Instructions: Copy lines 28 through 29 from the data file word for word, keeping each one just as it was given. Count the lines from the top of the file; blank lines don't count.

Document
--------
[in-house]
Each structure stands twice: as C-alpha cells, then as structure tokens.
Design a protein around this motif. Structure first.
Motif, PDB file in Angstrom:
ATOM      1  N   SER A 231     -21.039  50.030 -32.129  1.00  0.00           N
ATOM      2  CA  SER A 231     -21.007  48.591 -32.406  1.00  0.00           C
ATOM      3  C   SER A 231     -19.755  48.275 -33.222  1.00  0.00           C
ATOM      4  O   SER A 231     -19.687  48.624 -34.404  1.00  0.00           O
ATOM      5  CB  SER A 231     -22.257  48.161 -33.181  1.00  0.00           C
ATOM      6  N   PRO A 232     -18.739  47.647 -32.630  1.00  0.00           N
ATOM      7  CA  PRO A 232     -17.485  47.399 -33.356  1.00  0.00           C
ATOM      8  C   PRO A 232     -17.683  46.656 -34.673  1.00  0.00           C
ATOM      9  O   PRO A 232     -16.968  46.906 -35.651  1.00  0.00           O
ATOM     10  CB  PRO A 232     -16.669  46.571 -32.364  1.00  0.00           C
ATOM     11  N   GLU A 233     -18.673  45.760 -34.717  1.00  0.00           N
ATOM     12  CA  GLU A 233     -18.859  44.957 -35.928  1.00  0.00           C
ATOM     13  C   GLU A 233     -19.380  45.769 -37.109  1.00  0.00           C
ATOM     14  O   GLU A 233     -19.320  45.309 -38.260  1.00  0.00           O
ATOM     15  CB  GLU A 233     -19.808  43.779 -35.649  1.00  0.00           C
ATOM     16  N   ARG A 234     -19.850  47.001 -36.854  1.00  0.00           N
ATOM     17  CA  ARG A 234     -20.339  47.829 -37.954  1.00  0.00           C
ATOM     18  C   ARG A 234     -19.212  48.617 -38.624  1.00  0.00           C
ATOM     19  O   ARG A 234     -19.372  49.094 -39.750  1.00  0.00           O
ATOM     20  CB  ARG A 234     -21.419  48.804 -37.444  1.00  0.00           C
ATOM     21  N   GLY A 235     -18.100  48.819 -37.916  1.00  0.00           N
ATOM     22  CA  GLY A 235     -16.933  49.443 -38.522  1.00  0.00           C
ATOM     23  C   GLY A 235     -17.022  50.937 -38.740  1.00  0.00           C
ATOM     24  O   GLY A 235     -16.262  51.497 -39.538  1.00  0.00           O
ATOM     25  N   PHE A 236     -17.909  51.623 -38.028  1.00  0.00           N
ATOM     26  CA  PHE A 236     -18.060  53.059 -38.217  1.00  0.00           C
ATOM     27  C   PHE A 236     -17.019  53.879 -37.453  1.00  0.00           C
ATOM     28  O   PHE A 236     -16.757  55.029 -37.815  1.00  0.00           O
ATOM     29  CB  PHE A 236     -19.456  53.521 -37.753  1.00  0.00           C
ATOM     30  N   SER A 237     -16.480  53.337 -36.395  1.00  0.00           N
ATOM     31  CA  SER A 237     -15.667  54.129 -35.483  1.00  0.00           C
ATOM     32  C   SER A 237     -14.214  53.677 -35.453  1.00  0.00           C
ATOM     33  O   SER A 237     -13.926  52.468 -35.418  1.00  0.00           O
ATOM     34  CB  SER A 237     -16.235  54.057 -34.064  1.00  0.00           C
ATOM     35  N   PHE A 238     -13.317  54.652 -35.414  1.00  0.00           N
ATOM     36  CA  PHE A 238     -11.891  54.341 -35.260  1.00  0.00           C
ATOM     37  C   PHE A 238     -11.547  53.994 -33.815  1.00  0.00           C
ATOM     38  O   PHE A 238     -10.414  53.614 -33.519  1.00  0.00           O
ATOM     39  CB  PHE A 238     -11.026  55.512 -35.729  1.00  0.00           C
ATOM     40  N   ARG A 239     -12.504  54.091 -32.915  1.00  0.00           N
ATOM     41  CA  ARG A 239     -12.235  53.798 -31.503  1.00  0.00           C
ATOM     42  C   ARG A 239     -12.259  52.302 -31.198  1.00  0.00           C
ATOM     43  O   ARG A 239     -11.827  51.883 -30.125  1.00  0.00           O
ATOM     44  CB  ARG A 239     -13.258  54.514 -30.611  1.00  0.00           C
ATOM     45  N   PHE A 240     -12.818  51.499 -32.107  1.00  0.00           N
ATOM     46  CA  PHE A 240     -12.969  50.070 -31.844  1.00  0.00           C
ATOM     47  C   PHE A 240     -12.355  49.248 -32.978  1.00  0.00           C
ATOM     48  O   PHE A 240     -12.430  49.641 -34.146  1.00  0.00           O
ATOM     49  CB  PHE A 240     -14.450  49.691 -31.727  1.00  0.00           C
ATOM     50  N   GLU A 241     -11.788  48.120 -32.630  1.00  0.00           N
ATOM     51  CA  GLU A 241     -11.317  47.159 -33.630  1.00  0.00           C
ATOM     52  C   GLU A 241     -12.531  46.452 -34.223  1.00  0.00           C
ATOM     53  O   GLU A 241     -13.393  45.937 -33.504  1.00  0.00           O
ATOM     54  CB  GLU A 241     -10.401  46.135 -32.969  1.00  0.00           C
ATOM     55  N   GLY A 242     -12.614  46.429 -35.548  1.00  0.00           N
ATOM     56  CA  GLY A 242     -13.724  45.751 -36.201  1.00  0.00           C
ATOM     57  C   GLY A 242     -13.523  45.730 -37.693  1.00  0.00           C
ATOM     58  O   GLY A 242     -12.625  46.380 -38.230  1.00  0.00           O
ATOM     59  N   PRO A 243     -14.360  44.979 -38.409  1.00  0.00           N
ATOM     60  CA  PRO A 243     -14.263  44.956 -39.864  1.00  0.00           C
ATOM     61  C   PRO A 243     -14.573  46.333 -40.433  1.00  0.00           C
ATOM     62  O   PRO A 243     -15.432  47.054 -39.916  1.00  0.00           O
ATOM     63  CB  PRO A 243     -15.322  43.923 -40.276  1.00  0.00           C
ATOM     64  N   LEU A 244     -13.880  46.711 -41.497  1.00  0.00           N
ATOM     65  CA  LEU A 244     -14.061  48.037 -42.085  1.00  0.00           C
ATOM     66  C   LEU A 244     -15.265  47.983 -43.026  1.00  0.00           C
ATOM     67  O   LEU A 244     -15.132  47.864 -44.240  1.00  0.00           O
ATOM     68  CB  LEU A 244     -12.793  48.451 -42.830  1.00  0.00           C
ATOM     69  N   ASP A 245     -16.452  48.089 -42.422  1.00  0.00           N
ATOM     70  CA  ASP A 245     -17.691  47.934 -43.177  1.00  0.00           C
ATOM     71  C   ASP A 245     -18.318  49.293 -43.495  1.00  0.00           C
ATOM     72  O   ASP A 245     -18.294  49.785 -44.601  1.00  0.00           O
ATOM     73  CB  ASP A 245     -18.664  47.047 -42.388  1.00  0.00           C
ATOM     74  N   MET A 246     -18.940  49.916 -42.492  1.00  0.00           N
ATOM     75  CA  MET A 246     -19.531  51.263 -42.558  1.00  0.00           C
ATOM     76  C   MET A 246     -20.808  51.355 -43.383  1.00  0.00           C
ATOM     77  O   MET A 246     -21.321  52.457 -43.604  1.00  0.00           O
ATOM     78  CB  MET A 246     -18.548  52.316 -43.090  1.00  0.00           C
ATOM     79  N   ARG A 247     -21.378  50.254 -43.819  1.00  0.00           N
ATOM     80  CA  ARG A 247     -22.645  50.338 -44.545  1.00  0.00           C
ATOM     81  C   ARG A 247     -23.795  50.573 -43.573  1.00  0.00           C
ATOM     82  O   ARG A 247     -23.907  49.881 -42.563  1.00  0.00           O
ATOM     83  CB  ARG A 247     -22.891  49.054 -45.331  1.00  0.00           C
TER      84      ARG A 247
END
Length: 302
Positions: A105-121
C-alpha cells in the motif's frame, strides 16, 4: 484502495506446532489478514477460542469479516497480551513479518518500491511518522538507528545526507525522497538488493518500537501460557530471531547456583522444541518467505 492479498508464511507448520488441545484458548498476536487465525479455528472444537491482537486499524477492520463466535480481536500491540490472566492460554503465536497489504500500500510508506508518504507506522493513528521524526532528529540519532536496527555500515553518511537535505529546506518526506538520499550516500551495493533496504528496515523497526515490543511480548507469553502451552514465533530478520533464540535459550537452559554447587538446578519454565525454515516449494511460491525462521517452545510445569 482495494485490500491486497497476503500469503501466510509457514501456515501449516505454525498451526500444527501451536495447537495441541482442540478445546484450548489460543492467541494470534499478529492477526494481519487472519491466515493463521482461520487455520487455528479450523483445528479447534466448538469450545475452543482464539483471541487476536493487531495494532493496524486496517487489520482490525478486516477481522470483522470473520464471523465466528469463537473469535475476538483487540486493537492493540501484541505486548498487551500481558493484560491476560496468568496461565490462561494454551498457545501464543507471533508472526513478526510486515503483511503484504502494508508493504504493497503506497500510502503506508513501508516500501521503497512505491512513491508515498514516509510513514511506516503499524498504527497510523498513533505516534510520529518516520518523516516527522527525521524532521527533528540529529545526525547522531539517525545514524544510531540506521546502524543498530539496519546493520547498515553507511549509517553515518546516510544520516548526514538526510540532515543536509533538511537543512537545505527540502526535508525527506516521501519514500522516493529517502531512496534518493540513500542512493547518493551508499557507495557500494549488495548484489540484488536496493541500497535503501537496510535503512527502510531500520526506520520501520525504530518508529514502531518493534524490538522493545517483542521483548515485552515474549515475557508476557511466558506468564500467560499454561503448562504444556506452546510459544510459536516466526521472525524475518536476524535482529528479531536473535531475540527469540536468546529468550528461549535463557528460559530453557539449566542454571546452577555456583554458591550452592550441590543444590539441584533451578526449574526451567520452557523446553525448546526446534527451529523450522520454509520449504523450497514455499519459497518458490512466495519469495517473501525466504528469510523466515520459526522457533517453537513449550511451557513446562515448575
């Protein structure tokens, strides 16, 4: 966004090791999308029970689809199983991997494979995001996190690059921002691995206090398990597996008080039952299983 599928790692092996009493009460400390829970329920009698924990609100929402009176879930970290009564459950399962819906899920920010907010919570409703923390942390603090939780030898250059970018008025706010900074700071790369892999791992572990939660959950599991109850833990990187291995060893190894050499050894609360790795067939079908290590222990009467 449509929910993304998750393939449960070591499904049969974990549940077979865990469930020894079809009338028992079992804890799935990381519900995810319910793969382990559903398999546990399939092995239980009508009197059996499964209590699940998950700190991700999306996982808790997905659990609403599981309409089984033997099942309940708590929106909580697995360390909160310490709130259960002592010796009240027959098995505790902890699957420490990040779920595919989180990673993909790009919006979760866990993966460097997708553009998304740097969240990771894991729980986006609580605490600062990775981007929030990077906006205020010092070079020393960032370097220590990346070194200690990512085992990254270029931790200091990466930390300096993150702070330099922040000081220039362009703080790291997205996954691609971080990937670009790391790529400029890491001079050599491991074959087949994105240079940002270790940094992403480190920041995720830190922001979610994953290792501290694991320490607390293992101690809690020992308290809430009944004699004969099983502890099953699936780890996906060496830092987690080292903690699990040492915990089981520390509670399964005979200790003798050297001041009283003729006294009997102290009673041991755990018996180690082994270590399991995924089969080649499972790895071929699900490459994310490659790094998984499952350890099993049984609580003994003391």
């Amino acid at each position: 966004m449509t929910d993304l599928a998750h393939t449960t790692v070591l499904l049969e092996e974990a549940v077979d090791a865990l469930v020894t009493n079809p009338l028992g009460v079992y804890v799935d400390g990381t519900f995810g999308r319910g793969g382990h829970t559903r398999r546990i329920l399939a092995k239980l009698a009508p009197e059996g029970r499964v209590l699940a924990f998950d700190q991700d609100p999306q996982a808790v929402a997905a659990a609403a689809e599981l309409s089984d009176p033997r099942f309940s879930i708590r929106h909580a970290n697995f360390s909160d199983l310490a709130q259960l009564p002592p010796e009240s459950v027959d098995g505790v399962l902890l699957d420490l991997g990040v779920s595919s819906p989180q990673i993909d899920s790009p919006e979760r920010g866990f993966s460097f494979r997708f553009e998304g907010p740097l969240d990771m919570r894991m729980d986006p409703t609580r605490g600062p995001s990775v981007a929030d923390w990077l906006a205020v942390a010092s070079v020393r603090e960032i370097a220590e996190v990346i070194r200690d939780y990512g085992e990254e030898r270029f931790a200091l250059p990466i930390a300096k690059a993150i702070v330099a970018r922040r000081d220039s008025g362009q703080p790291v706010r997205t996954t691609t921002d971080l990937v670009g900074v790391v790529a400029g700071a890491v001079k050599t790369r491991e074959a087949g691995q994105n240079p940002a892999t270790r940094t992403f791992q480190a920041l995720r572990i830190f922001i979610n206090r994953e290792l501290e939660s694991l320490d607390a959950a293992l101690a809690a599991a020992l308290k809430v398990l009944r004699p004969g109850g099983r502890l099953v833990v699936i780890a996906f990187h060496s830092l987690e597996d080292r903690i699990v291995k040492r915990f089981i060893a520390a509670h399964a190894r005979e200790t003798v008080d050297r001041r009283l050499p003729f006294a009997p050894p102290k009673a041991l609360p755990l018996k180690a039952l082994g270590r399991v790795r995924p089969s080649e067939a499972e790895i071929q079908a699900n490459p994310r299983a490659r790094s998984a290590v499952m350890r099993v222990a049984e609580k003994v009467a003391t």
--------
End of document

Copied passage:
ATOM     24  O   GLY A 235     -16.262  51.497 -39.538  1.00  0.00           O
ATOM     25  N   PHE A 236     -17.909  51.623 -38.028  1.00  0.00           N